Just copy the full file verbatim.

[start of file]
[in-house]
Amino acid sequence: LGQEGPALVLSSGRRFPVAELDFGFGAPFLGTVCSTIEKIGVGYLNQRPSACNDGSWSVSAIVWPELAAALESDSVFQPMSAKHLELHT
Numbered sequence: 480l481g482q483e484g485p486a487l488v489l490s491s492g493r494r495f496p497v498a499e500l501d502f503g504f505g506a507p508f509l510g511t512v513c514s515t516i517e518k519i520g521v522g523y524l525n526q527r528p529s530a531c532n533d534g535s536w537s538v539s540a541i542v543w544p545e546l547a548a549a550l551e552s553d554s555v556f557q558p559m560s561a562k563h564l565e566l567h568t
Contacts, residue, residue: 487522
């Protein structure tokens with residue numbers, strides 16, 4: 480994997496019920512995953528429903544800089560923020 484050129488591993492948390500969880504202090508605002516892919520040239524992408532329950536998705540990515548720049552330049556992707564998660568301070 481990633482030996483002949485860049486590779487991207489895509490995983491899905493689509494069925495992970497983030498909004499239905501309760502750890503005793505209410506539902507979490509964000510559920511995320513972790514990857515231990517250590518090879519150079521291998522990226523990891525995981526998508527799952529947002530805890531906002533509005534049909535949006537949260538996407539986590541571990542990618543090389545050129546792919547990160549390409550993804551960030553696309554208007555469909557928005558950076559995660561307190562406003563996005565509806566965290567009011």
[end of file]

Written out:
[in-house]
Amino acid sequence: LGQEGPALVLSSGRRFPVAELDFGFGAPFLGTVCSTIEKIGVGYLNQRPSACNDGSWSVSAIVWPELAAALESDSVFQPMSAKHLELHT
Numbered sequence: 480l481g482q483e484g485p486a487l488v489l490s491s492g493r494r495f496p497v498a499e500l501d502f503g504f505g506a507p508f509l510g511t512v513c514s515t516i517e518k519i520g521v522g523y524l525n526q527r528p529s530a531c532n533d534g535s536w537s538v539s540a541i542v543w544p545e546l547a548a549a550l551e552s553d554s555v556f557q558p559m560s561a562k563h564l565e566l567h568t
Contacts, residue, residue: 487522
């Protein structure tokens with residue numbers, strides 16, 4: 480994997496019920512995953528429903544800089560923020 484050129488591993492948390500969880504202090508605002516892919520040239524992408532329950536998705540990515548720049552330049556992707564998660568301070 481990633482030996483002949485860049486590779487991207489895509490995983491899905493689509494069925495992970497983030498909004499239905501309760502750890503005793505209410506539902507979490509964000510559920511995320513972790514990857515231990517250590518090879519150079521291998522990226523990891525995981526998508527799952529947002530805890531906002533509005534049909535949006537949260538996407539986590541571990542990618543090389545050129546792919547990160549390409550993804551960030553696309554208007555469909557928005558950076559995660561307190562406003563996005565509806566965290567009011």